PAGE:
Ever since Imran Khan started his march on the 14th of August the question hanging over Pakistan has been, “Where would it end?” Put your calculations aside and don’t fret as already a lot of positive has emerged from this march and the subsequent sit-in. Whether or not his personal politics benefit from it, Imran Khan has upended the political landscape. Imran has exposed, if not instilled, a public rage toward Pakistan’s political class and a lack of widespread confidence in the usefulness of Pakistan’s democratic institutions and its politicians. People of Pakistan are disgusted with political establishment as a whole. Besides stirring the masses, Imran has drawn immense support from middle-class professionals and college students, the demographic groups often dismissed as politically apathetic in Pakistan. For the first time in the country’s history, Imran has convinced the upper middle class and the youth of this country that they are active agents of change.
No doubt, Imran has disquieted many who are vehemently oozing hatred for him. Of course, the people who are most worried are the architects and hangers-on of the political status quo in Pakistan. To the best of my judgment and my life’s work, I feel confident that most of the people opposing Khan today are those who want to perpetuate the Status Quo in Pakistan. These include not only the corrupt politicians and their cronies but also the crooked bureaucrats, pseudo-liberals, drawing-room intellectuals, chattering classes, Islamist fundamentalists, religious fanatics, shady businessmen and so forth. Their motivation for doing so is obvious and they can be mainly divided into two types. One, those who are the beneficiaries of the status quo and two, those who have a grudge against this country for one reason or the other and do not want it to have a chance to shake off its troubles.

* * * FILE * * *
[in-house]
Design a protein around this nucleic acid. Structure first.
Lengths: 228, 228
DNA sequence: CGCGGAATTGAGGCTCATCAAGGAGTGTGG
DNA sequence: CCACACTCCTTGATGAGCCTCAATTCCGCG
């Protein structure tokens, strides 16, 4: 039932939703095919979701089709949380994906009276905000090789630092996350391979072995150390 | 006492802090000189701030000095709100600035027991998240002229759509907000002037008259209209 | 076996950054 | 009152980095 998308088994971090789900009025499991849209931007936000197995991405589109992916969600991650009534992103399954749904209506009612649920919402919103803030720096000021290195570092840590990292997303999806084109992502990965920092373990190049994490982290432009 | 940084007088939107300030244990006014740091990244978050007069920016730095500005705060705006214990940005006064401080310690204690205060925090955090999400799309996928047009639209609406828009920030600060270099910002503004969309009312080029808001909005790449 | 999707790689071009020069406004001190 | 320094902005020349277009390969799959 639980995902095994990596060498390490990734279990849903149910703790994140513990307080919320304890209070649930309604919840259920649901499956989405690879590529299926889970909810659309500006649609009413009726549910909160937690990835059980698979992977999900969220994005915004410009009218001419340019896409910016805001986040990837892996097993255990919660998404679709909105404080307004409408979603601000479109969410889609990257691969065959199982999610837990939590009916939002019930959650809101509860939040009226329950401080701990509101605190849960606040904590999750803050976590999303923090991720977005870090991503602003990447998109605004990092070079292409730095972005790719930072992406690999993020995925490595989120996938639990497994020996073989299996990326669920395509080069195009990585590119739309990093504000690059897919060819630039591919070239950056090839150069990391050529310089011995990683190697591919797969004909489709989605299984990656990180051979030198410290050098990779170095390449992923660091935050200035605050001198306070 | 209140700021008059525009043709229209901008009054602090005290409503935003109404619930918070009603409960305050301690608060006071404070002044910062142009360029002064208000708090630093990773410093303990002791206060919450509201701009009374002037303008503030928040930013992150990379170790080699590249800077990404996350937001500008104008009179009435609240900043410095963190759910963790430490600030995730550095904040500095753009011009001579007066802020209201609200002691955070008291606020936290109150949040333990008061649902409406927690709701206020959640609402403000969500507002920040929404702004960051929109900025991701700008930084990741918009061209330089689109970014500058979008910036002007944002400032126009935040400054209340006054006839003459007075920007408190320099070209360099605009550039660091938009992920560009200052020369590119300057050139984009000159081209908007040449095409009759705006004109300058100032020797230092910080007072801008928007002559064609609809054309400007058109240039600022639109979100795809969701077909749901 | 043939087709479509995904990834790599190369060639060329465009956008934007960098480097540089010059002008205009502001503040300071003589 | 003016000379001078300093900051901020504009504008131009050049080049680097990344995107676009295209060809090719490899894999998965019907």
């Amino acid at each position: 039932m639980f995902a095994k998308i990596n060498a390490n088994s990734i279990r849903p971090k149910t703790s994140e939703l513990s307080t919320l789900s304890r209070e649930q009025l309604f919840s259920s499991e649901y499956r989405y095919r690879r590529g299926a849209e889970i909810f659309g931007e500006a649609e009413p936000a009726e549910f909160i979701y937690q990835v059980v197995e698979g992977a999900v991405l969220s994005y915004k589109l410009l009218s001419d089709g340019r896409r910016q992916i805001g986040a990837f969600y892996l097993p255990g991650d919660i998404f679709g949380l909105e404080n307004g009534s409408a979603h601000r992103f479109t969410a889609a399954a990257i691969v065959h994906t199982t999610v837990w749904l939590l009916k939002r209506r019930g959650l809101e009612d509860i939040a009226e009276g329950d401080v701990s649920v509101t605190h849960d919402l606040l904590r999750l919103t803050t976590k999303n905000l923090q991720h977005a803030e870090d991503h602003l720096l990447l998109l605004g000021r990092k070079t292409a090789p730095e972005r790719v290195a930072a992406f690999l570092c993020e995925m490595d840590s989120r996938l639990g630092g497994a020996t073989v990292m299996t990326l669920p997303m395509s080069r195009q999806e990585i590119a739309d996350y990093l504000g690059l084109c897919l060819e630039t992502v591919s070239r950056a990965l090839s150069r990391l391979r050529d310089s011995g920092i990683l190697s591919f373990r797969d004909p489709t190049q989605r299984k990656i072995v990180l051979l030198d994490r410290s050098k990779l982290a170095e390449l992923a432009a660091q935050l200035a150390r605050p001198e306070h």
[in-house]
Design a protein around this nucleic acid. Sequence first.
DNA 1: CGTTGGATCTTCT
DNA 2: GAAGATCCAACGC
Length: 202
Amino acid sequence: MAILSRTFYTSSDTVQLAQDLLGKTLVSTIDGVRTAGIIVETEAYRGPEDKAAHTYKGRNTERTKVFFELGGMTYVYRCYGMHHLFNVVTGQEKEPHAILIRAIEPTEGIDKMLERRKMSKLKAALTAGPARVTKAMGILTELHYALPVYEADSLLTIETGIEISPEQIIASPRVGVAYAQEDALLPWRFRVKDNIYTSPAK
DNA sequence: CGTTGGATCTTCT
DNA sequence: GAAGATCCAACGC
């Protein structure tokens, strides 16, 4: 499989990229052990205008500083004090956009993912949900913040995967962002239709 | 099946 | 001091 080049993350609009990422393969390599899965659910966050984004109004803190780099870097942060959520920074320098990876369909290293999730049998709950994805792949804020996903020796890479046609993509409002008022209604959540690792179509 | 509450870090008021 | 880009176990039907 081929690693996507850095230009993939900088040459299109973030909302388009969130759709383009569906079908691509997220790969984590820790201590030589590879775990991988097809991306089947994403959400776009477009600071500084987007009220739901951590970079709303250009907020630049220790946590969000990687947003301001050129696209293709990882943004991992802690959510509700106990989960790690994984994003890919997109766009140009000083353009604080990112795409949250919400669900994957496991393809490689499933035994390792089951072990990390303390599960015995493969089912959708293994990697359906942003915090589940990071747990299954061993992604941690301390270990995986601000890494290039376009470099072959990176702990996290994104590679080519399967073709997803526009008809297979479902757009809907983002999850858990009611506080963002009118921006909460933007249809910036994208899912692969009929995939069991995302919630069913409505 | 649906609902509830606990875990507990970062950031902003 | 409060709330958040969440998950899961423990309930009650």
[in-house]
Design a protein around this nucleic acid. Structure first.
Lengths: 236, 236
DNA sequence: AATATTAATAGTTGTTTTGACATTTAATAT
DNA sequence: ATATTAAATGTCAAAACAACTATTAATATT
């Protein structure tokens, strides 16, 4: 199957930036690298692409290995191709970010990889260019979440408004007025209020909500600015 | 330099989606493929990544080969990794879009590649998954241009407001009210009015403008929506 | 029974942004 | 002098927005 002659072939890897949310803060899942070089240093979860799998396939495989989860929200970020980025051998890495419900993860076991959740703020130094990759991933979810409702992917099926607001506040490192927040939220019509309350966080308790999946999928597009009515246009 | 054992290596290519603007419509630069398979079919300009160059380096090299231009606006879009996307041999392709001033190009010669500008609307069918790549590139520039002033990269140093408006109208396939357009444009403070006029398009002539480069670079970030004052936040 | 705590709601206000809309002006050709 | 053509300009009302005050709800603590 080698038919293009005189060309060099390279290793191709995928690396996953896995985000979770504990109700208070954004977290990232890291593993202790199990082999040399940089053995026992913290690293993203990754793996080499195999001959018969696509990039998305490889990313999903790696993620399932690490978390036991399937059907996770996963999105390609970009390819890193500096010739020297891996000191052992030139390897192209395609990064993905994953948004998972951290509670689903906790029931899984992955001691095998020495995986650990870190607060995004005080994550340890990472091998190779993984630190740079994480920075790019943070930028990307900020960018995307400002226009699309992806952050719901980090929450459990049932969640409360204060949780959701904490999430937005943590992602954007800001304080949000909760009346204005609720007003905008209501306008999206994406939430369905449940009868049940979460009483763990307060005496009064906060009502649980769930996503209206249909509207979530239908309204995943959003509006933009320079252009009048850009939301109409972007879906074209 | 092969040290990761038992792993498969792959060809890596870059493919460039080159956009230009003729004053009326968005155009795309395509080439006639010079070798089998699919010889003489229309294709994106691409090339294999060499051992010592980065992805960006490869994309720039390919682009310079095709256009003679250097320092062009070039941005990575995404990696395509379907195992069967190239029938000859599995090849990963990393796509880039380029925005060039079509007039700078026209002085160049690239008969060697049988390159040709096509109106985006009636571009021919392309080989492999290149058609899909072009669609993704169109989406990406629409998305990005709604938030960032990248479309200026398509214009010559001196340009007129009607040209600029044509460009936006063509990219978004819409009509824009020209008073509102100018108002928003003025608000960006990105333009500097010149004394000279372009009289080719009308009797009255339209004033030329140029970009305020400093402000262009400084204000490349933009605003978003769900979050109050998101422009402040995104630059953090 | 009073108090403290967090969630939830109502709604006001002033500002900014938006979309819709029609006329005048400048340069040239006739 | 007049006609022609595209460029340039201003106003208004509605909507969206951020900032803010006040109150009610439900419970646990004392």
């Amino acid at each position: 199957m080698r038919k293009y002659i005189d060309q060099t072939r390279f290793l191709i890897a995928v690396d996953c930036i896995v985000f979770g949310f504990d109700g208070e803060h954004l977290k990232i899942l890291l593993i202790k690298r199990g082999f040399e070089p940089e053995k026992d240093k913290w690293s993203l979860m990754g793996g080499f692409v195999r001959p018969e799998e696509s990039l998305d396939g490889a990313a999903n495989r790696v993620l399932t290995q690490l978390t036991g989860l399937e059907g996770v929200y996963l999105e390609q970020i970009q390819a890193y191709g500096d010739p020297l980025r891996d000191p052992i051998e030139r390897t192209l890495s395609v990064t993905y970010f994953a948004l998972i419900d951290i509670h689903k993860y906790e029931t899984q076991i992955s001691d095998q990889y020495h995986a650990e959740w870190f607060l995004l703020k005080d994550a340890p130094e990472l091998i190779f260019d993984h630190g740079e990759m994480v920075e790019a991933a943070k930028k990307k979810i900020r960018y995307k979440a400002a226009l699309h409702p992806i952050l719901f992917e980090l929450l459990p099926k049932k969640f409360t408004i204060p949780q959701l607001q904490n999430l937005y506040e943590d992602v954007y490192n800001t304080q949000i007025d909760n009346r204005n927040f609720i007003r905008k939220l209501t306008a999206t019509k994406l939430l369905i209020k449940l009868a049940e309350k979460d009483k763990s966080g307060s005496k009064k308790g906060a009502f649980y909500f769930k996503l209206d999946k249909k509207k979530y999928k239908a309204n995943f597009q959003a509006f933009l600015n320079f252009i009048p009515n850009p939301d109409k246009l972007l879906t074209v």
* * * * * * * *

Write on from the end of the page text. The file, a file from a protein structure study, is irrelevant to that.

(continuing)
They are on the wrong side. Because, whatever the outcome of Imran’s present movement, the status quo is gone, it is dying. What Imran has already achieved cannot be undone at the flick of a switch. They cannot just wish it away, no more. What Imran has already inspired has far reaching consequences. It will affect the Pakistan that our children inhabit; it will affect everybody forever, across the whole country. I cannot think of a bigger change facing us all. I think it is really important that the future of democracy in this country is not going to be simply a question of the two parties creating some tablet of stone and then saying there you go this is the take it or leave it recipe for democracy.
Wait for the next local bodies elections and you will see it. That’s why the deceitful champions of democracy are so reluctant to hold the local bodies’ elections. In my view, with the next local bodies’ elections, we will be entering into not only a very exciting new chapter of devolution of powers to local governments; we will also be entering into a very exciting new chapter of decentralisation and devolution throughout Pakistan.